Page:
The Executive

Ever since the nation’s most important secret meeting—the Constitutional Convention—presidents have struggled to balance open, accountable government with necessary secrecy in military affairs and negotiations. For the first one hundred and twenty years, a culture of open government persisted, but new threats and technology have long since shattered the old bargains. Today, presidents neither protect vital information nor provide the open debate Americans expect.
Mary Graham tracks the rise in governmental secrecy that began with surveillance and loyalty programs during Woodrow Wilson’s administration, explores how it developed during the Cold War, and analyzes efforts to reform the secrecy apparatus and restore oversight in the 1970s. Chronicling the expansion of presidential secrecy in the Bush years, Graham explains what presidents and the American people can learn from earlier crises, why the attempts of Congress to rein in stealth activities don’t work, and why presidents cannot hide actions that affect citizens’ rights and values.
Mary Graham co-directs the Transparency Policy Project at the Harvard Kennedy School of Government and is the author of three earlier books on the politics of information. She has written for the Atlantic, Science, and other publications.

In 1940, for the first time since America’s founding, a sitting president sought a third term in office. But this was only one remarkable aspect of that year’s election, which was, as John Jeffries makes clear in his new book, one of the most interesting and important elections in American history.
Franklin Roosevelt’s plan to pack the Supreme Court had failed; in the wake of a recent recession, his New Deal had hardened support and opposition among both parties; and the German advance across Europe, along with Japanese aggression in Asia, was stirring fierce debate over America’s role in the world. Adding to the moment of profound uncertainty was FDR’s procrastination over whether to run again. Jeffries explores how these tensions played out and what they meant, not just for the presidential election but also for domestic politics and policy generally, and for state and local contests. In the context of the Roosevelt Coalition and the New Deal party system, he parses the debates and struggles within both the Democratic and Republican parties as Roosevelt deliberated over running and Wendell Wilkie, a businessman from Indiana and New York City, got the nod from Republicans over a field including the rising moderate Thomas E. Dewey, the conservative Michigan senator Arthur Vandenburg, and the isolationist Ohio senator Robert Taft.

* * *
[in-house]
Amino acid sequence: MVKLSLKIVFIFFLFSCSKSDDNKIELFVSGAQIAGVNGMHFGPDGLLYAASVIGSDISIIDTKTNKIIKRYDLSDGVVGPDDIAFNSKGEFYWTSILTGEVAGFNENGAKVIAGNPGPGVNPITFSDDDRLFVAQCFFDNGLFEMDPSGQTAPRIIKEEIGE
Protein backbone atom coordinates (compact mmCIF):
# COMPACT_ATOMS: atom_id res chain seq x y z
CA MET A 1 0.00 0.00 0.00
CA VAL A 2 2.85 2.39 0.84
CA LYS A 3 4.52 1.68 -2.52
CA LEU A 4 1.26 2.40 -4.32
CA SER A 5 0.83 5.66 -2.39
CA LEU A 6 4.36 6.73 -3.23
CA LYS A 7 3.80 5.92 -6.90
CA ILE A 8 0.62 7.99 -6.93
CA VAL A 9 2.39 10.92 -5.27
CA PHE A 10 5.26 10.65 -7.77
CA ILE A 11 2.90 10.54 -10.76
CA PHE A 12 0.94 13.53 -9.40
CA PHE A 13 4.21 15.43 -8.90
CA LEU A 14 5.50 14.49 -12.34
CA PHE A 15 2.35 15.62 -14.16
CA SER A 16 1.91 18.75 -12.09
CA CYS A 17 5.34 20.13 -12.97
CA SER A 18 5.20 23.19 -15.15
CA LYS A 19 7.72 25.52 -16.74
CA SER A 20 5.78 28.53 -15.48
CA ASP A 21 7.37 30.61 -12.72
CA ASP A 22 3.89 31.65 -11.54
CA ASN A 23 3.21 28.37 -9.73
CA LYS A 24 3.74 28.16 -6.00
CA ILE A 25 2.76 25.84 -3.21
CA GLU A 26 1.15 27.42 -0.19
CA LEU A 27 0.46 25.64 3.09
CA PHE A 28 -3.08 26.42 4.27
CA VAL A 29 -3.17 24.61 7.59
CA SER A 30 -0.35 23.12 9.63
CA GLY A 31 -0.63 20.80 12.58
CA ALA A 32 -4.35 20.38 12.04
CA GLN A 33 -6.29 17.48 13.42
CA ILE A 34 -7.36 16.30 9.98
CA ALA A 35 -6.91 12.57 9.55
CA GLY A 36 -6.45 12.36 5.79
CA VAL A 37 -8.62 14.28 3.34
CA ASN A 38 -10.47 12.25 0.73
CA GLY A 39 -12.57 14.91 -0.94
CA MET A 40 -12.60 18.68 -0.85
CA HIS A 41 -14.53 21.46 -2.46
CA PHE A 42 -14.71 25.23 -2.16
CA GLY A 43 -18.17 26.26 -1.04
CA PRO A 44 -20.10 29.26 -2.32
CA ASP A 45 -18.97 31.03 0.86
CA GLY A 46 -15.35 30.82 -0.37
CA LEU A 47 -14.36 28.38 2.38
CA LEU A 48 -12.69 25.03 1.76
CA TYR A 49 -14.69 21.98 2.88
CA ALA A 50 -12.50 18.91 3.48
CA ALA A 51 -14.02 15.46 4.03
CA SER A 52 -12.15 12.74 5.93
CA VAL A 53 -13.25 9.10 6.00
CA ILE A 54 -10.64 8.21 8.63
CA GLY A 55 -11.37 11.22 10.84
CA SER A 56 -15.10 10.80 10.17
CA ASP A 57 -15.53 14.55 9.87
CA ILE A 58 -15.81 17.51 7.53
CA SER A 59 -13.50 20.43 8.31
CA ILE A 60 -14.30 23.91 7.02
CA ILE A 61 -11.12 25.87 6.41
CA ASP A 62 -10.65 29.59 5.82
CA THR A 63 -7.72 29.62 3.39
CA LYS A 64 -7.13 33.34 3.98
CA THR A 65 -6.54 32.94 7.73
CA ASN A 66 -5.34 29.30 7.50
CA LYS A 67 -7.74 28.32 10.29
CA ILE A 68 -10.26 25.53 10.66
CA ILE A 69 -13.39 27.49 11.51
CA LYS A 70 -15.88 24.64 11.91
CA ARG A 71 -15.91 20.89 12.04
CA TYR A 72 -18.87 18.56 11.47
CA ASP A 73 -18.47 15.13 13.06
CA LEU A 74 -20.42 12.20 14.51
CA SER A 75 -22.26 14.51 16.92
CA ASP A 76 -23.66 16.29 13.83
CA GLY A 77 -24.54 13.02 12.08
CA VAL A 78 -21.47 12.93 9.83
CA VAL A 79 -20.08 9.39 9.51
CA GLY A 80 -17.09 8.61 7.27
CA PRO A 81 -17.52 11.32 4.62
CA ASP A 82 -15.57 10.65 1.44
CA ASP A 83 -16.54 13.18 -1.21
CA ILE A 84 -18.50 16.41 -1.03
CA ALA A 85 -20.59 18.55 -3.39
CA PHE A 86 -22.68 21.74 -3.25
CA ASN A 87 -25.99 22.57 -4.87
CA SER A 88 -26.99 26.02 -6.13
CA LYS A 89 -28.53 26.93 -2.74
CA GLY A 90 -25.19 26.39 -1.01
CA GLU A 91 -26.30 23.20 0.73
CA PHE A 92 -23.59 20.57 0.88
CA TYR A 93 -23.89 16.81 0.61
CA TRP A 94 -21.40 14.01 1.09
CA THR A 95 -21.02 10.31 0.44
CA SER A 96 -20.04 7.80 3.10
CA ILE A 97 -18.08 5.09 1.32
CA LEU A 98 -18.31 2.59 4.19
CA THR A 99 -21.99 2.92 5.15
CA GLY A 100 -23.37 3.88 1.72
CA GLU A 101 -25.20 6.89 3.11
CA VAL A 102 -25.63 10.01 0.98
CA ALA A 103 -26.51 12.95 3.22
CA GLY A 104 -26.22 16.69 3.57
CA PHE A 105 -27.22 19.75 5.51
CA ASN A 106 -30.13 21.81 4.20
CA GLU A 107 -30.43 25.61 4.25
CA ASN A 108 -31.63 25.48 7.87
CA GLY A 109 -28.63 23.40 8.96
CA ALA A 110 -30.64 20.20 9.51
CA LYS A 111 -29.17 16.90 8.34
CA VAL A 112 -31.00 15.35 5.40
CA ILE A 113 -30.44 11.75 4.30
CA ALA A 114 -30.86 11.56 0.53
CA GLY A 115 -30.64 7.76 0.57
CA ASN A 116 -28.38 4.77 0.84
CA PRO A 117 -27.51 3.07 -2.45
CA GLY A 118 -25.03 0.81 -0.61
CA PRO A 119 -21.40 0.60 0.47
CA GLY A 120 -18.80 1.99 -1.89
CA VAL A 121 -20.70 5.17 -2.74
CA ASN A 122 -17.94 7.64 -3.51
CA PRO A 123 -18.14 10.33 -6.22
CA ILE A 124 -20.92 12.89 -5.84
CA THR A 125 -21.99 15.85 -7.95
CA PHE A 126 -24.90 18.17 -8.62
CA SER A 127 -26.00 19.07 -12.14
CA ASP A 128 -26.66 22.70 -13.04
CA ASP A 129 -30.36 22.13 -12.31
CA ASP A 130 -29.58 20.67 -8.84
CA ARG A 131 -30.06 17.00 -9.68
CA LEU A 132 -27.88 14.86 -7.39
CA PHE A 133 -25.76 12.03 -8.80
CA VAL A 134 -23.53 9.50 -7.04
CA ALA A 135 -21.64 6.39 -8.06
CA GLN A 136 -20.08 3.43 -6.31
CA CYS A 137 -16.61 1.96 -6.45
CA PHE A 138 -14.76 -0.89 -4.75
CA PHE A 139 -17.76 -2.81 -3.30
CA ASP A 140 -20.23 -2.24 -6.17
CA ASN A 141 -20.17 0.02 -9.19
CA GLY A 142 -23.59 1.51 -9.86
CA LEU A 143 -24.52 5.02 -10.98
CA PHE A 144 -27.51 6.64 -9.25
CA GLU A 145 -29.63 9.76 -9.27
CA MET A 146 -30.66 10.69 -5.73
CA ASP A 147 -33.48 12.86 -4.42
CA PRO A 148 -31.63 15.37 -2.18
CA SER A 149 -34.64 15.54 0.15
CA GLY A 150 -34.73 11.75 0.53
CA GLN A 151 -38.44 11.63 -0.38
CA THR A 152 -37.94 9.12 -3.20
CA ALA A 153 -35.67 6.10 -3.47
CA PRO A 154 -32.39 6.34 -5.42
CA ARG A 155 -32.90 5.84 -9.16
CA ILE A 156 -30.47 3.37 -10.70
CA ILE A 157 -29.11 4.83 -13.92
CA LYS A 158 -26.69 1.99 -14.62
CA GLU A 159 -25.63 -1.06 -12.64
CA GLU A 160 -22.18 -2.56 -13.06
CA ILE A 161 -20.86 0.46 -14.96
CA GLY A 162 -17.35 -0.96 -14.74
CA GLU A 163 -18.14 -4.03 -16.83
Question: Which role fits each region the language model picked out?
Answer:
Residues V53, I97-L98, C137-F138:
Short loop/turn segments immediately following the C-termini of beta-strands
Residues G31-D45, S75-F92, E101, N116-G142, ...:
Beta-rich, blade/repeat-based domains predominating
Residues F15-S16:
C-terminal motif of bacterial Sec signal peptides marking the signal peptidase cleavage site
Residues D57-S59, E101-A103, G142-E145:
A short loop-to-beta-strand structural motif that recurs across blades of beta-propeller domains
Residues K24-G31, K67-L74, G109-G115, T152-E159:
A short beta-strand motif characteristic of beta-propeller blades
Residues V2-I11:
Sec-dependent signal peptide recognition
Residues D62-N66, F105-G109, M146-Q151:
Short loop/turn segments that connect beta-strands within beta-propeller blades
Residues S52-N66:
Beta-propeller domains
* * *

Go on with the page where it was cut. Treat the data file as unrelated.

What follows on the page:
A Third Term for FDR reveals how domestic policy more than international events influenced Roosevelt’s decision to run and his victory in November. A detailed analysis of the results offers insights into the impact of the year’s events on voting, and into the election’s long-term implications and ramifications—many of which continue to this day.

When the 1952 presidential election campaign began, many assumed it would be a race between Harry Truman, seeking his second full term, and Robert A. Taft, son of a former president and, to many of his fellow partisans, “Mr. Republican.” No one imagined the party standard bearers would be Illinois governor Adlai E. Stevenson II and Supreme Allied Commander in World War II, Dwight D. Eisenhower.. I Like Ike tells the story of a critical election fought between two avowedly reluctant warriors, including Truman’s efforts to recruit Eisenhower as the candidate of the Democrat Party—to a finish that, for all the partisan wrangling, had more to do with the extraordinary popularity of the former general, who, along with Stevenson, was seen to be somehow above politics.

I Like Ike is a compelling account of how an America fearful of a Communist threat elected a war hero and brought an end to twenty years of Democrat control of the White House. In an era of political ferment, it also makes a timely and persuasive case for the importance of the election of 1952 not only to the Eisenhower Administration, but also to the development of presidential politics well into the future.

In the final years of the nineteenth century, as a large-scale movement of farmers and laborers swept much the country, the United States engaged in an ostensibly anti-colonial war against Spain and a colonial war of its own in the Philippines. How one related to the other—the nature of the activists’ involvement in foreign policy debates and the influence of these wars upon the prospects for domestic reform—is what Nathan Jessen explores in Populism and Imperialism.